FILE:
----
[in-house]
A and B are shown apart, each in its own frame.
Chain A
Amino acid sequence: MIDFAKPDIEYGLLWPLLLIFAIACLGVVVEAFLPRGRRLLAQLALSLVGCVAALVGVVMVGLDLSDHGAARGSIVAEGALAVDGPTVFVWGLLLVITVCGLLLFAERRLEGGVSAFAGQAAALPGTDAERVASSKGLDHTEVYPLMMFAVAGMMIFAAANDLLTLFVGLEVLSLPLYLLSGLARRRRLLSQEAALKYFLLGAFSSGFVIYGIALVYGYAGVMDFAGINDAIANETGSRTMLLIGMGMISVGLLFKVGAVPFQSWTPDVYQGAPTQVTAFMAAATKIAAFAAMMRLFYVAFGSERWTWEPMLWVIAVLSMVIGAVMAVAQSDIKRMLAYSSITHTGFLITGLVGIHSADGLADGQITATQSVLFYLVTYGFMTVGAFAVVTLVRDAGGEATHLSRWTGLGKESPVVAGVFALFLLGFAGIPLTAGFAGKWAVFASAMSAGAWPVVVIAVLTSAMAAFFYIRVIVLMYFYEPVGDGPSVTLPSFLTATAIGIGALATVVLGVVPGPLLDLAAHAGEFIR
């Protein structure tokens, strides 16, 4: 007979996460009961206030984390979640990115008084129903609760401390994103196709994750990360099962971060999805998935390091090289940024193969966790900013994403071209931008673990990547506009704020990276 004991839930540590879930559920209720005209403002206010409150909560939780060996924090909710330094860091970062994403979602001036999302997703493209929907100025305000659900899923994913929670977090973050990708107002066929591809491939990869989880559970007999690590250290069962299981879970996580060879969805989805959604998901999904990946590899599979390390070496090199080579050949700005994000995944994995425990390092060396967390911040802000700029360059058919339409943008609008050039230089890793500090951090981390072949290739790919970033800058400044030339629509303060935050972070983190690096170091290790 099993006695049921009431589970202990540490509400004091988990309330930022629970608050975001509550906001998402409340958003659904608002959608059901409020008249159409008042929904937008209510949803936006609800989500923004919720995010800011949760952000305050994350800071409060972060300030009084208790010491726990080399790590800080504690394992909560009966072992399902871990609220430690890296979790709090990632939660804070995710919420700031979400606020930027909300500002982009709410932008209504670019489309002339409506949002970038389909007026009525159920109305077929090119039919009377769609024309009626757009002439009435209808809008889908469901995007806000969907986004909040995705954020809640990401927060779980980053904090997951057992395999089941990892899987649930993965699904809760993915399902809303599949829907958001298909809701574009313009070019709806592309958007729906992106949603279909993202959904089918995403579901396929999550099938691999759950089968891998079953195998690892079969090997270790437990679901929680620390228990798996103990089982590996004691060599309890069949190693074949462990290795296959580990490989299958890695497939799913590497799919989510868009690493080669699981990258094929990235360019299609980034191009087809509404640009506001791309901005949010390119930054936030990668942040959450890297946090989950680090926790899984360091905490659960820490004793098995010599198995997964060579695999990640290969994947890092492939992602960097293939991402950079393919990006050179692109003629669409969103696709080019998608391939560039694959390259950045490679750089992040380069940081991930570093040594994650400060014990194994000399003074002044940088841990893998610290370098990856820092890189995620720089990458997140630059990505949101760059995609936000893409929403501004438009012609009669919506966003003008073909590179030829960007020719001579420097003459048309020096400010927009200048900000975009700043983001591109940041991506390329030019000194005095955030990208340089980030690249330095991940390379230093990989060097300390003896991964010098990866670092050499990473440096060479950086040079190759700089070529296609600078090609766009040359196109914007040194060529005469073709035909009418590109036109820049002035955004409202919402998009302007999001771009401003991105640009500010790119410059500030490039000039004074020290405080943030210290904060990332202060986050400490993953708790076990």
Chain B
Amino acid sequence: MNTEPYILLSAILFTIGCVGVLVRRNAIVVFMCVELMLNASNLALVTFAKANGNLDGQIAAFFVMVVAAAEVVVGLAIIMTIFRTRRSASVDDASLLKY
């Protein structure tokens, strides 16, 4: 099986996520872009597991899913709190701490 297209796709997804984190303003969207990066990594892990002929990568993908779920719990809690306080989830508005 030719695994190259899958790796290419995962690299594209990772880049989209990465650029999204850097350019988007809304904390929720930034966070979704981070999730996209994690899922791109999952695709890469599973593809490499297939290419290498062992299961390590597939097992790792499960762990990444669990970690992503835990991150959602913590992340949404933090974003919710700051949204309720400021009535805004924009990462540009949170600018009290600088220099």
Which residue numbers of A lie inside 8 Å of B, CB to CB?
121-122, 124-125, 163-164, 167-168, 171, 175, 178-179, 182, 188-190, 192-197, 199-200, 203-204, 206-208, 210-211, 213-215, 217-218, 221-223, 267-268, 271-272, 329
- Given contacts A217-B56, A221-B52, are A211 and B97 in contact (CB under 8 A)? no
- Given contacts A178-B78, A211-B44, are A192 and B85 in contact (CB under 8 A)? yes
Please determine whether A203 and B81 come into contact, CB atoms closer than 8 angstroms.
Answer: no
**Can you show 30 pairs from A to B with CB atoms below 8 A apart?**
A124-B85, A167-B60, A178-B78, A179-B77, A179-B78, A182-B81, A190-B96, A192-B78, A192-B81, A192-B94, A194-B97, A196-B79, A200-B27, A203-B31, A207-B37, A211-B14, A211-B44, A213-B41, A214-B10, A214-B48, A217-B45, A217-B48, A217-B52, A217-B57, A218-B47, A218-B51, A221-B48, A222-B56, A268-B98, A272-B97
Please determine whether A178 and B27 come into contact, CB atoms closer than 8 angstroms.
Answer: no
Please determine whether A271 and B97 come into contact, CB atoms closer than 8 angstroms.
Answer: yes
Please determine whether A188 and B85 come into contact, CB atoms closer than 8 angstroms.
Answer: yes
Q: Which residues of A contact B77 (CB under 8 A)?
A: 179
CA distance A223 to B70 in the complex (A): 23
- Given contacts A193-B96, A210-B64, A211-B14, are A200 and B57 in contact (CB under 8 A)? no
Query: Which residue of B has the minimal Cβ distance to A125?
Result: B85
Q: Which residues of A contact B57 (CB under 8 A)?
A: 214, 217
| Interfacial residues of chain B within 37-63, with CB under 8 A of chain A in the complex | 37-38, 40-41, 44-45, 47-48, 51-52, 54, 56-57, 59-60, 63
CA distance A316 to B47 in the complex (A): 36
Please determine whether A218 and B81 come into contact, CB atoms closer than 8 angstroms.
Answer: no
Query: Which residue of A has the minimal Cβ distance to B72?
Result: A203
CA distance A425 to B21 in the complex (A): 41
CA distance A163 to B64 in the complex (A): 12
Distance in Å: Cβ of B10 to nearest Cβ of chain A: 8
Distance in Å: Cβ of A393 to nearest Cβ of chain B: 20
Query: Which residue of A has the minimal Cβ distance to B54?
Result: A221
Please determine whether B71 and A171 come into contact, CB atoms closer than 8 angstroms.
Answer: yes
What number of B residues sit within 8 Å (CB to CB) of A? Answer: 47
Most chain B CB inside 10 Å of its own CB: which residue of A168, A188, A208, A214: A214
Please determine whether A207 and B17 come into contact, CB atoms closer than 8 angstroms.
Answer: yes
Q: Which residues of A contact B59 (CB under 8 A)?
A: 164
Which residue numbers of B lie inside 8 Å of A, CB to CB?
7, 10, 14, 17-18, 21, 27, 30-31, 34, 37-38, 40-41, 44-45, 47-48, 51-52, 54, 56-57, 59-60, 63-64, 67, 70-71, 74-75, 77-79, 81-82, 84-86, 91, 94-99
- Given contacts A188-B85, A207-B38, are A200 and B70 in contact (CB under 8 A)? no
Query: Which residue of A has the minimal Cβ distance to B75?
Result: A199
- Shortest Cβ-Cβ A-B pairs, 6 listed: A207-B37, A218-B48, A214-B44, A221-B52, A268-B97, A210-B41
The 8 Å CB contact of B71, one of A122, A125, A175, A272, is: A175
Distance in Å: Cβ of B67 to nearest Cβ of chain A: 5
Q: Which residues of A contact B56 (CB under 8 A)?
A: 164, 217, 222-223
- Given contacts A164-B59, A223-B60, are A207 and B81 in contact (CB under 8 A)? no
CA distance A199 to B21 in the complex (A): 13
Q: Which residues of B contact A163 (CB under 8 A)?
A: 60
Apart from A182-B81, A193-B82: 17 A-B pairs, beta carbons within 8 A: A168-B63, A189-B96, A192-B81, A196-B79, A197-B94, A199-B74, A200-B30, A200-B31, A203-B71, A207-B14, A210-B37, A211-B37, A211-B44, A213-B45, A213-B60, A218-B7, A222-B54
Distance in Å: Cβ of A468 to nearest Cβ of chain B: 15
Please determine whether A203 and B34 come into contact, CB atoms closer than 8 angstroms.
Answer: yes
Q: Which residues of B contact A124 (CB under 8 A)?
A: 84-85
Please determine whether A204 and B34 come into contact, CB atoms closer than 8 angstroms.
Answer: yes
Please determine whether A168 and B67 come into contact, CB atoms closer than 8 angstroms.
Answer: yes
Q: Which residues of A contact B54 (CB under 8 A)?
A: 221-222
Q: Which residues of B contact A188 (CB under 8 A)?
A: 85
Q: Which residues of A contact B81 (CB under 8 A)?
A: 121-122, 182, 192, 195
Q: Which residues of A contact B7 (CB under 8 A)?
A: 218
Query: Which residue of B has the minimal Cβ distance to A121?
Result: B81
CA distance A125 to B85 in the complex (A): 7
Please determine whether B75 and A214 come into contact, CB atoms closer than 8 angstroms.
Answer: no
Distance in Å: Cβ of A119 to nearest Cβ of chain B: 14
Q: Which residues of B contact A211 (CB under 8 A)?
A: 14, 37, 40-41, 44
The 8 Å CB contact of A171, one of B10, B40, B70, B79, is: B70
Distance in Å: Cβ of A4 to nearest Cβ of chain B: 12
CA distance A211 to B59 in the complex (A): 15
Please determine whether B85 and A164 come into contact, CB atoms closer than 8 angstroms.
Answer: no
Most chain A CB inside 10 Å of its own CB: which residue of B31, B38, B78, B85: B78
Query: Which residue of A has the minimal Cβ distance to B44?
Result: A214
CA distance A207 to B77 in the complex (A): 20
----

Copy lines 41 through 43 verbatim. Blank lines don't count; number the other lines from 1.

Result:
Query: Which residue of A has the minimal Cβ distance to B54?
Result: A221
Please determine whether B71 and A171 come into contact, CB atoms closer than 8 angstroms.